Friend of Red Gate

I’ve been a champion of Red Gate’s tools for years. Quite simply, they help me get work done quicker. They also make hard tasks easier. As a result, when I hear about someone having an issue that I know a Red Gate tool can solve, I try to point that person towards the appropriate tool.

Red Gate has been kind in return, continuing to allow me to be part of the Friends of Red Gate program. One of the nice perks is the small, inexpensive gifts they send. They are definitely unique to Red Gate, like the pair of socks pictured here. My wife started laughing when she saw these. I love hearing my wife laugh. Which means at some point I will likely wear these, probably to a SQL Server related event. So if you happen to catch me at an event, ask me if I’m wearing the socks.

If you’re not familiar with Red Gate’s tools, I invite you to check out their software. I and many other IT folks have found the various offerings invaluable.

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Why I Do What I Do #tsql2sday

I didn’t originally want to go back into IT after 15 years in the career field. It was 1999 and I had just left active duty with the US Air Force. My designation was a Communications-Computer Systems Officer but I had served as a hybrid IT support/project manager/Airman wrangler throughout my four years. I knew I had a calling to ministry, specifically ministry to children and youth. I was hoping for full time ministry. Therefore, I was looking to leave IT behind. I still loved technology and computers, but I wanted to follow my calling even more.

However, anyone who has gone down this road knows that a lot of churches expect either ordination or a degree from a seminary (or as a minimum, an undergraduate Biblical degree from a Bible college) for a full time position. I had neither. As a result, the options were limited. I could get a part time position with the expectation I would go to seminary in order to be a full time youth pastor. I could switch denominations and serve as a pastor over a church, but not in youth or children’s ministry. Or I could go back into IT. At that time my wife and I had two toddlers. Incurring a load of student loans for three years of full time college didn’t make sense. I wasn’t called to be a senior/lead pastor. I was called to work with students. Therefore, I went back into IT.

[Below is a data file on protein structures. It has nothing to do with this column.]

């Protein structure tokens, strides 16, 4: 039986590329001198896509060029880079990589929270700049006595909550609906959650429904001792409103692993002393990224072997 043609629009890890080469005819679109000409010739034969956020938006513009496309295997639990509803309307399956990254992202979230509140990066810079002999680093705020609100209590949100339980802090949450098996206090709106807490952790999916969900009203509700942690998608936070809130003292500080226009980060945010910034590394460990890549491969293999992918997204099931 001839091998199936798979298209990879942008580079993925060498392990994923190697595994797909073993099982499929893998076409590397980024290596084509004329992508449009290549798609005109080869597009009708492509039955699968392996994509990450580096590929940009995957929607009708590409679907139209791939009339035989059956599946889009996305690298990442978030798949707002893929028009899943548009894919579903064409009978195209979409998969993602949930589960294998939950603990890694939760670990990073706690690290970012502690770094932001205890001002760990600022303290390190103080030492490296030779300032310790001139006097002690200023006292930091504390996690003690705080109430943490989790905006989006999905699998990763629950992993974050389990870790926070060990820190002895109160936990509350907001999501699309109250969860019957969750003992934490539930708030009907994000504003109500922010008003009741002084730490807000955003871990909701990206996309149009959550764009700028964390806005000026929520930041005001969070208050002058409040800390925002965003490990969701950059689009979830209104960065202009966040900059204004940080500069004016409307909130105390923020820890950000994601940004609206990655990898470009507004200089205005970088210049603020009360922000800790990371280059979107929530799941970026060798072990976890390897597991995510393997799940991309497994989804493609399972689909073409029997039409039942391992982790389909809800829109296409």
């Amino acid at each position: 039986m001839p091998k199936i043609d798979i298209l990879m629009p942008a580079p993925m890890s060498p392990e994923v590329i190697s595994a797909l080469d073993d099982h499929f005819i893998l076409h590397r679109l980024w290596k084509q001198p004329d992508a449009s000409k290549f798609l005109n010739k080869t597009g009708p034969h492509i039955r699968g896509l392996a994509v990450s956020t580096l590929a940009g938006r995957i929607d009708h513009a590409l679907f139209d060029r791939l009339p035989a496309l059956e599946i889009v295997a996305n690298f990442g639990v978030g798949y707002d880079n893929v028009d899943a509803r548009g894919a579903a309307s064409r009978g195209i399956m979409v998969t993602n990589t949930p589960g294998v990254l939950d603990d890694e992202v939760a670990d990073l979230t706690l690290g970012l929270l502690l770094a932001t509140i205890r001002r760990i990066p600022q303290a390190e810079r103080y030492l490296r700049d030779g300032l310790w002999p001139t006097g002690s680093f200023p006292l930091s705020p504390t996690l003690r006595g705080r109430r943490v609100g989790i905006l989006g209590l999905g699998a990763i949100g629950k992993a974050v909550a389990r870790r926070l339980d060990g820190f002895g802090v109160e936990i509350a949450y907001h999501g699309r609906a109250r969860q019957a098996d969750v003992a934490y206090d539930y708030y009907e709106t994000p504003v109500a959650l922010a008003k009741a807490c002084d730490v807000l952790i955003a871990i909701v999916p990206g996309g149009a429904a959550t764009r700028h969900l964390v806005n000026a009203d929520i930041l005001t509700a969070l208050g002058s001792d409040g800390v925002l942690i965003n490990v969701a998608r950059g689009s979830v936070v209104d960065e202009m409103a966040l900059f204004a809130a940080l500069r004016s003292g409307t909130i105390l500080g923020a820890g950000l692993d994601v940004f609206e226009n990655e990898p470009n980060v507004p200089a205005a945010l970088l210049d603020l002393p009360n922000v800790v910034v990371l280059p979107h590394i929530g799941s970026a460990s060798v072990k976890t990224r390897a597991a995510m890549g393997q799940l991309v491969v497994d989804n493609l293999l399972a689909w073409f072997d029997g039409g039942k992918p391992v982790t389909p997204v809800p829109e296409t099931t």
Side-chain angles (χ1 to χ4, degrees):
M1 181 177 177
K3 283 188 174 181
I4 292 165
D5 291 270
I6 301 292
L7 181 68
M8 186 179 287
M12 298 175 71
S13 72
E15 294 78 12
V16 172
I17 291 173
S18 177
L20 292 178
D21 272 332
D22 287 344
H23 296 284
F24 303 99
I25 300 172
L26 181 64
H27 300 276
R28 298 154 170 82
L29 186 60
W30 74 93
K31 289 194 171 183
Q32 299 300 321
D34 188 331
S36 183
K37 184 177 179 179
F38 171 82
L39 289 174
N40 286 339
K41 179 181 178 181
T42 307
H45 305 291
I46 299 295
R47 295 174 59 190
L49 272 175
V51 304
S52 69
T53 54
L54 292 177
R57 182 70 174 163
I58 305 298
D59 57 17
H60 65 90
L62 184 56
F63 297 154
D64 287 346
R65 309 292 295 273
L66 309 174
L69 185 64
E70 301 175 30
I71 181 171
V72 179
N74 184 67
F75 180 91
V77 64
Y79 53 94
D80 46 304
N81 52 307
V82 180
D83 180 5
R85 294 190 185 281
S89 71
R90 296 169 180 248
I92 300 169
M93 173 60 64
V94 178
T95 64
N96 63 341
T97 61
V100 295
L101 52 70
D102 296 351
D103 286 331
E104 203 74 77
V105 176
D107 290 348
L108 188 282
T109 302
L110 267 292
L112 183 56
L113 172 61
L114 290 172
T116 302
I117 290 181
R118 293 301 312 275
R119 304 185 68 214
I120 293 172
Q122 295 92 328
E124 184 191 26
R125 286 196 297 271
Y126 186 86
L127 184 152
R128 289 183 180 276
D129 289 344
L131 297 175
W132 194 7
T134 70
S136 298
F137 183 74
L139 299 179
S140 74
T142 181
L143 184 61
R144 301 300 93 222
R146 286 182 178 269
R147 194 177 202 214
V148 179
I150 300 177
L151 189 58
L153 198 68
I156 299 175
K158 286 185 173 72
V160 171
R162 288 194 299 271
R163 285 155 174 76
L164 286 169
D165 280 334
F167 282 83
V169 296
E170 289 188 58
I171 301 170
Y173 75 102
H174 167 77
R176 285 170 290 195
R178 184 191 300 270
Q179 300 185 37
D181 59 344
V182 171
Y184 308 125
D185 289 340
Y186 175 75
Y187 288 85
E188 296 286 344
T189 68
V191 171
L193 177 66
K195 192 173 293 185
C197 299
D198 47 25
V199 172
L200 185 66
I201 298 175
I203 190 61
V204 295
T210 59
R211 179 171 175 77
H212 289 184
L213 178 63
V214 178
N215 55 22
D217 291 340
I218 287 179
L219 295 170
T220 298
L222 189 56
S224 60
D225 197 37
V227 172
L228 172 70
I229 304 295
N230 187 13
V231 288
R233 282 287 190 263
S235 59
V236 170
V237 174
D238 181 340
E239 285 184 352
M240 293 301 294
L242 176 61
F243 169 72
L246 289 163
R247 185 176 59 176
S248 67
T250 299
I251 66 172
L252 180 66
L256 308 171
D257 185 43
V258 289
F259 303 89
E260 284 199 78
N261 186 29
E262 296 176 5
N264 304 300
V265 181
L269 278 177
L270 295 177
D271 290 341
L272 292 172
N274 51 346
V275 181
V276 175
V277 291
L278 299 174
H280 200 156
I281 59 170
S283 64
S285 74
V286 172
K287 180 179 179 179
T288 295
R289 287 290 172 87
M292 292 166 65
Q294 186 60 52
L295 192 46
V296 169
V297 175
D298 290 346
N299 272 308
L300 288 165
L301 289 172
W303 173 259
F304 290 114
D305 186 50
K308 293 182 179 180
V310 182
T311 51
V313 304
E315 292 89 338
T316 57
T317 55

Fast forward 20 years. I’m still in IT. However, my perspective has changed. I’ve been able to stay primarily in children’s and youth ministry. I’m a youth director for my church and I love what I do. I have found over the years that most churches can’t afford a full time staff position for a youth minister. The need, therefore, is for someone who is bi-vocational. As a result, someone like me who has everything covered financially by the first job is ideal. By working in IT, I can fulfill my calling.

My perspective with regards to IT has changed as well. At the end of the day, to me IT is about serving others. So while my current position does not work with children or youth except on special occasions, IT still has a deeply fulfilling aspect that I love. I say that because as a twenty-something I was more enamored with new technology. I was one of the ones who also wanted the newest shiny. As I’ve grown older, I’ve seen technology for what it really is: tools to help us. My job is to use technology to help others. My job is to design technical solutions that are of benefit to people.